as a precedent in upcoming criminal proceedings, he alleged. 
 
5. (C) When asked why the authorities were focusing on him, 
rather than other opposition leaders who were even more 
outspoken, Abilov told Pol-Econ Chief that many in 
Nazarbayev's inner circle saw him as a threat because of his 
popularity with the public, the strong support he receives 
from major businesses, his ability to unite disparate forces 
within the opposition, and his financial wherewithal.  Abilov 
said that he had personally financed Zharmakhan Tuyakbay's 
2005 presidential campaign, and had co-financed the 
opposition's 2004 parliamentary campaign with 
Kazkommertsbank.  (Note: In addition to the factors Abilov 
mentioned, his frequent intemperate public statements have 
undoubtedly attracted unfavorable attention from Astana.) 
 
--------------------------------------------- ------ 
Abilov Alleges High-Level Campaign to Discredit Him 
--------------------------------------------- ------ 
 
6. (C) Someone in Nazarbayev's inner circle was now using the 
Financial Police to try to remove him from the political 
arena, Abilov alleged.  He claimed that key Presidential 
 
ASTANA 00000585  002 OF 002 
 
 
Administration figure Bulat Utemuratov had informed him that 
someone in a power ministry (i.e. the Procuracy, the KNB, or 
the MVD) had told Nazarbayev that during Vice President 
Cheney's May 6 breakfast with members of the opposition, 
Abilov had asked for funding to "organize a revolution" and 
unseat Nazarbayev.  Abilov said that Nazarbayev had repeated 
the allegation to Tuyakbay during a September 22 meeting.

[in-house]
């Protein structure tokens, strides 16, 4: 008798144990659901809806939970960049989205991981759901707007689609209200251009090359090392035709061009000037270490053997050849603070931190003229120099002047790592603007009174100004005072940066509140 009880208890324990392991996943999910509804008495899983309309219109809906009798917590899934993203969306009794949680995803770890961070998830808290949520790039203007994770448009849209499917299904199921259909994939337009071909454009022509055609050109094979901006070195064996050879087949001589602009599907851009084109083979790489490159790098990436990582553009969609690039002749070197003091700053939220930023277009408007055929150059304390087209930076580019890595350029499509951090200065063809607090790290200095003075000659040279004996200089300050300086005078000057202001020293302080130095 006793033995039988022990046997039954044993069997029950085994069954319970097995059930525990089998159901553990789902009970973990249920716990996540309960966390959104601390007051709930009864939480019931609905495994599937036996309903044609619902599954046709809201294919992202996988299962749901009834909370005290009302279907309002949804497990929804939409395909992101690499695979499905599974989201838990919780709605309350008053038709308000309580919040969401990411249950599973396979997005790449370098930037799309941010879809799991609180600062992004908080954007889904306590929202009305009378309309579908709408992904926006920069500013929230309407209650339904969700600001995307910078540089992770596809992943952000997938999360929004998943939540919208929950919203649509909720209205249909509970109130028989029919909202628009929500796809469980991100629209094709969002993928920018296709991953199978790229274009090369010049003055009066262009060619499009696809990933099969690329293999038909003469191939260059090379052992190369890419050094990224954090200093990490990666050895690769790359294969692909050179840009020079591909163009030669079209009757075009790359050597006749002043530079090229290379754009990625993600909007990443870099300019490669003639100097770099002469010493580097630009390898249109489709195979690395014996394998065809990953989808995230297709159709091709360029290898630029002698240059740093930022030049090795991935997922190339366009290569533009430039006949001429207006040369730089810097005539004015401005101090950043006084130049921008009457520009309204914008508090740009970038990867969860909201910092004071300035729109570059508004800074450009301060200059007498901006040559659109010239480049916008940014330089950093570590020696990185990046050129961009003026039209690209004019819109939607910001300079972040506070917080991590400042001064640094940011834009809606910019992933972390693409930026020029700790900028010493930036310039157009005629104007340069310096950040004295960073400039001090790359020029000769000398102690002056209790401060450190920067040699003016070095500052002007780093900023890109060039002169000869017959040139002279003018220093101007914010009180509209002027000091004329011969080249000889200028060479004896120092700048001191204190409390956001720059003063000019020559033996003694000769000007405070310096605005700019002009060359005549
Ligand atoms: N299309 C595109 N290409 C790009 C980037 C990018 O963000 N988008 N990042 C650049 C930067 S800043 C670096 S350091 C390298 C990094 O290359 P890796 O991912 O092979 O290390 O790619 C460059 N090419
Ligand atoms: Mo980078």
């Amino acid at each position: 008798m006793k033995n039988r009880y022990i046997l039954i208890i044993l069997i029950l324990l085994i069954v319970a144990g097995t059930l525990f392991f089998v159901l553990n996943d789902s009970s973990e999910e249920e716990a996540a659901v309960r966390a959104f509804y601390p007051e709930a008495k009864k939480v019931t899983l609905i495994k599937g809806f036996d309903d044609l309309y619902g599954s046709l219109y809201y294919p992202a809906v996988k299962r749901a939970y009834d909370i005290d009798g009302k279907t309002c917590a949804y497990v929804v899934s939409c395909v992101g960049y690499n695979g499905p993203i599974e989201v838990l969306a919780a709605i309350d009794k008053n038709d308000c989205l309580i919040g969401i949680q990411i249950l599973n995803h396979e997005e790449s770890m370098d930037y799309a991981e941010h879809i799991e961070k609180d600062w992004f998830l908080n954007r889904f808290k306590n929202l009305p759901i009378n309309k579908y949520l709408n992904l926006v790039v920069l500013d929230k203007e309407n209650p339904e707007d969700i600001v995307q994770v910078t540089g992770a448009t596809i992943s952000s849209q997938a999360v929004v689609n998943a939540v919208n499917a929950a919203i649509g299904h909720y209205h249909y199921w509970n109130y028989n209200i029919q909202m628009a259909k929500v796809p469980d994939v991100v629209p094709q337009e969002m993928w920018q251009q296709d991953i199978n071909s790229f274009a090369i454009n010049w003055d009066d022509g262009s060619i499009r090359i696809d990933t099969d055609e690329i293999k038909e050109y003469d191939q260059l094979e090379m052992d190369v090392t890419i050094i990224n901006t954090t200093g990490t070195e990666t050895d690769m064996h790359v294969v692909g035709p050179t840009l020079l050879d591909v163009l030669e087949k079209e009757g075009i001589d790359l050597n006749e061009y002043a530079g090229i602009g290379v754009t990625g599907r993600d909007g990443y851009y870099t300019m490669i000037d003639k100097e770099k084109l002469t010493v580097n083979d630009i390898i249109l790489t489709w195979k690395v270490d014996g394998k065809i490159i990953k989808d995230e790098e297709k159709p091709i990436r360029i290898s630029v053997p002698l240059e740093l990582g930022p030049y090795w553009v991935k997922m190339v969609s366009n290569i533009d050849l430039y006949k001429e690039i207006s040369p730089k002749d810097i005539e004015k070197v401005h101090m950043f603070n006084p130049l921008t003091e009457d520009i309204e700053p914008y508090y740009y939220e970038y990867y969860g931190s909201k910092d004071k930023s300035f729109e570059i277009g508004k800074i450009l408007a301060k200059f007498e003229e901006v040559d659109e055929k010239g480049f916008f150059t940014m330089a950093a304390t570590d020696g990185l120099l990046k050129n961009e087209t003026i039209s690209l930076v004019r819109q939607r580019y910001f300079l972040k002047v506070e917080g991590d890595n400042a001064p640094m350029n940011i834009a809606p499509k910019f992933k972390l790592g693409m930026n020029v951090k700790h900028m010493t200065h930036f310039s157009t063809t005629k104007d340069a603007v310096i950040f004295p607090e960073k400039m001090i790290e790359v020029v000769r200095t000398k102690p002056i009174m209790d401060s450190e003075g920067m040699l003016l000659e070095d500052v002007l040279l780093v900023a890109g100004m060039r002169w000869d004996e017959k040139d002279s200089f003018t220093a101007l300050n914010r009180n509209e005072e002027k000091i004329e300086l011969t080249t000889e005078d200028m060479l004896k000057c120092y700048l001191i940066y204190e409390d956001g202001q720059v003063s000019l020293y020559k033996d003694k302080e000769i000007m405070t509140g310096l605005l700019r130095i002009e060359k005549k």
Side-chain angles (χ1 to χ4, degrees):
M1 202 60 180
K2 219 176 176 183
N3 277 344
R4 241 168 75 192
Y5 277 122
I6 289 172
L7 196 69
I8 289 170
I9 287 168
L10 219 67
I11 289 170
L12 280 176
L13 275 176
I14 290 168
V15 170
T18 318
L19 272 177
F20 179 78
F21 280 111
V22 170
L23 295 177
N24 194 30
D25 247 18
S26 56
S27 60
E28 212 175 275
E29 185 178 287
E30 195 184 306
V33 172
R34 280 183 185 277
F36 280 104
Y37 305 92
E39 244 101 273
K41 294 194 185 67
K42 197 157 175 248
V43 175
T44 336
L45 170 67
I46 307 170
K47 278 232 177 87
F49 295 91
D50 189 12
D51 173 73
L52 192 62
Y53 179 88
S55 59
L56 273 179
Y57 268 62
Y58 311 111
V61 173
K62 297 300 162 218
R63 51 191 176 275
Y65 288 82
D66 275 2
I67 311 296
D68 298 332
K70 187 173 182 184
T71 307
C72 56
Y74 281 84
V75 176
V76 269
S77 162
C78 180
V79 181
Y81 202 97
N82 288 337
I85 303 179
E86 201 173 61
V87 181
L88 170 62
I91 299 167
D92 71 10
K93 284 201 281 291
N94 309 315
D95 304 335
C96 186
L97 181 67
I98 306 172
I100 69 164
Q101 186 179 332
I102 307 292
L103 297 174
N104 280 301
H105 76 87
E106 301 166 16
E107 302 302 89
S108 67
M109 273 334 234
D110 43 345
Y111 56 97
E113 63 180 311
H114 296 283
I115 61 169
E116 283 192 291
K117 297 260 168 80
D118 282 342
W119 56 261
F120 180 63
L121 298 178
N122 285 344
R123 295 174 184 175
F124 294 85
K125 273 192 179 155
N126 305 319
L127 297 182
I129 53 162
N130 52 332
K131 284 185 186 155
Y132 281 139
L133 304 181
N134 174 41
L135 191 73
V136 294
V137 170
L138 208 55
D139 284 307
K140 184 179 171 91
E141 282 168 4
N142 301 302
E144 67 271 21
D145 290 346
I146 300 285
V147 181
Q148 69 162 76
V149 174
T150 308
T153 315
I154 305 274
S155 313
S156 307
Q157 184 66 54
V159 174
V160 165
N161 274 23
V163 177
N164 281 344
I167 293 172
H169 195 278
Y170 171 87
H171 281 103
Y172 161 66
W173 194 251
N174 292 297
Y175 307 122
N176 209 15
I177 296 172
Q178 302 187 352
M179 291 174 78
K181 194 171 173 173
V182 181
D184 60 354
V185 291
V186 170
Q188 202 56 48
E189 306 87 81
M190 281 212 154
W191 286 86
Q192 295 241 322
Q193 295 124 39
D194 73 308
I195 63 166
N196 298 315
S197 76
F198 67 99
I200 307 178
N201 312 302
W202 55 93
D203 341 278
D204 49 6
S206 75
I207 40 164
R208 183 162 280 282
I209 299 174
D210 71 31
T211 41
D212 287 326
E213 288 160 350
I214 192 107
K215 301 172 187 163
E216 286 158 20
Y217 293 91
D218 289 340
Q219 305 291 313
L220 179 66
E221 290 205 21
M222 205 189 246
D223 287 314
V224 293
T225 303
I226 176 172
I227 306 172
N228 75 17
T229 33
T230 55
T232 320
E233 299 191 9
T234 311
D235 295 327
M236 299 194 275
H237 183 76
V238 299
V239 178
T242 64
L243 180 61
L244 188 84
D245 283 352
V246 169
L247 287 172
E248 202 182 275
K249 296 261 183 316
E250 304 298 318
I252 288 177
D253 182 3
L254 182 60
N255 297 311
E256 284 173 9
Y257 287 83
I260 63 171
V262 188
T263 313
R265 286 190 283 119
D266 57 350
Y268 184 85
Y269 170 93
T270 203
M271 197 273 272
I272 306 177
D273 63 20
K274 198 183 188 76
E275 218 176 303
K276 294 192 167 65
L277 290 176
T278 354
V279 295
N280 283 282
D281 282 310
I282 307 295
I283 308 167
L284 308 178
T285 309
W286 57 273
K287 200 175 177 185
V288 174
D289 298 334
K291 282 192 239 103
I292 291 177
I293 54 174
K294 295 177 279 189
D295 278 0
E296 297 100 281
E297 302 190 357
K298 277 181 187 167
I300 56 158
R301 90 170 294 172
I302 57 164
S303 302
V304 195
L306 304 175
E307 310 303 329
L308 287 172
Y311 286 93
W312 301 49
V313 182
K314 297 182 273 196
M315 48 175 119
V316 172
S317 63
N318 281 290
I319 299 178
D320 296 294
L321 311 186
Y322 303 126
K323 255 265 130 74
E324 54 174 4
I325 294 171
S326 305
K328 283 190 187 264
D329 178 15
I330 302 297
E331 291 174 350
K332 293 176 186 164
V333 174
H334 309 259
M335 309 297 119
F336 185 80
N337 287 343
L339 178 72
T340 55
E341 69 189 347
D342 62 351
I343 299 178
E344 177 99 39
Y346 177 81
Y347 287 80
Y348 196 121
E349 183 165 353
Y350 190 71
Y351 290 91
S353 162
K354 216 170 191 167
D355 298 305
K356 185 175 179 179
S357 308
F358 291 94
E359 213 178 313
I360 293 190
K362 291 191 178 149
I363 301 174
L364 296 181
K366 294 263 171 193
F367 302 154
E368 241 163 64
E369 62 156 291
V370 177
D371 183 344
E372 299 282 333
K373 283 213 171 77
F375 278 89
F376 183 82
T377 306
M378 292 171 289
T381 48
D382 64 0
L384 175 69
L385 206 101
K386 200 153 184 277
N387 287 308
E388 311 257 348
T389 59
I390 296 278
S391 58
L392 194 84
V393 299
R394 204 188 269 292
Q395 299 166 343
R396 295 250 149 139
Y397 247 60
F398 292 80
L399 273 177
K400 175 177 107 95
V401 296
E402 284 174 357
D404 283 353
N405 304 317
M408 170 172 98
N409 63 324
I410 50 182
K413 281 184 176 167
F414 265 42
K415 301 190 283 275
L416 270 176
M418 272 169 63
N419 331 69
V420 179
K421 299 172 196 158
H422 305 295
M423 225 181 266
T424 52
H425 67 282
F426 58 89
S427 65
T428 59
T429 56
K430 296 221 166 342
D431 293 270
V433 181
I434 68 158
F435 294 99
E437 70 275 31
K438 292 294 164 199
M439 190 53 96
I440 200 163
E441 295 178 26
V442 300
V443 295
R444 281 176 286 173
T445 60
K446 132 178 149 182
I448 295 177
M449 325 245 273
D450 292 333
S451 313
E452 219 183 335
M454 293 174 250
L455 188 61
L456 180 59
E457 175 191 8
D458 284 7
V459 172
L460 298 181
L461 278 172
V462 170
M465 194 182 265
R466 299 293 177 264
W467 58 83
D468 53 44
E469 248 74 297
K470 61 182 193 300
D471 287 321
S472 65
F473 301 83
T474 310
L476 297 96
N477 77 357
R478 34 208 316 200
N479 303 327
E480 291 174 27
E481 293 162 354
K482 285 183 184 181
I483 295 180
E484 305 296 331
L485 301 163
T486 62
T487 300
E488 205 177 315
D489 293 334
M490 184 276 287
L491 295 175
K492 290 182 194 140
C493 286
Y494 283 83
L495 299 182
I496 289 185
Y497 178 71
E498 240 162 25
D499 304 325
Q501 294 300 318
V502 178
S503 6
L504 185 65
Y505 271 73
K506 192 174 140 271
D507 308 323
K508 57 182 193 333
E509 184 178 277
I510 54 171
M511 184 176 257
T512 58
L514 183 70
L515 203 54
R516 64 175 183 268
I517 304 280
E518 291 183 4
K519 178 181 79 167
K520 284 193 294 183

(Note: Abilov made no such request during the meeting with &#x000A
;the Vice President.) 
 
8. (C) Abilov told Pol-Econ Chief that Nazarbayev had 
personally tried to convince him to leave politics on several 
occasions, offering him his choice of natural resources, 
banks, or private firms as inducement.  He had refused each 
time.  Someone in Nazarbayev's inner circle had made him a 
similar offer recently, Abilov said; if he would go on 
television and acknowledge the validity of the December 2005 
presidential elections, the charges against him would be 
dropped.  Abilov was adamant that he would not betray his 
principles by taking a "deal" when he had done nothing 
against the president. 
 
9. (SBU) Abilov said that he planned to visit Washington in 
December, probably with Zharmakhan Tuyakbay.  His goal was to 
preserve contacts between the opposition and influential 
thinkers in Washington, as well as to obtain visible "moral 
support" during his trial.  Abilov will have to obtain 
permission from the court examining his case and from the 
Procuracy in order to travel.  Pol-Econ Chief promised to 
assist with visa referrals and appointment requests at the 
State Department. 
 
------- 
Comment 
------- 
 
10. (C) Comment:  It is impossible to know at this stage 
whether the charges against Abilov and his business 
associates have any basis in fact, given that the 
transactions in question took place eight to ten years ago at 
a time when Kazakhstani law was rapidly changing and 
frequently imprecise.  The fact that Butya-Kapital was the 
only investment fund known to have paid dividends to its 
shareholders would seem to indicate that it was one of the 
best managed of the 167 funds created to privatize state 
assets, however, rather than a dishonest enterprise.  Indeed, 
Abilov's popularity with the Kazakhstani public is due in 
part to the fact that he helped many of them profit from 
their privatization vouchers.  The intensity of the Financial 
Police in pursuing Abilov does not therefore seem to be based 
on any genuine shareholder dissatisfaction with 
Butya-Kapital, but rather on political grounds.  Post sees 
the charges against Abilov as similar to the selective 
prosecution that Galymzhan Zhakiyanov experienced in 2002. 
If the authorities manage to prevent Abilov from financing 
his political allies, the Kazkakhstani opposition will be 
even further weakened. End comment. 
ORDWAY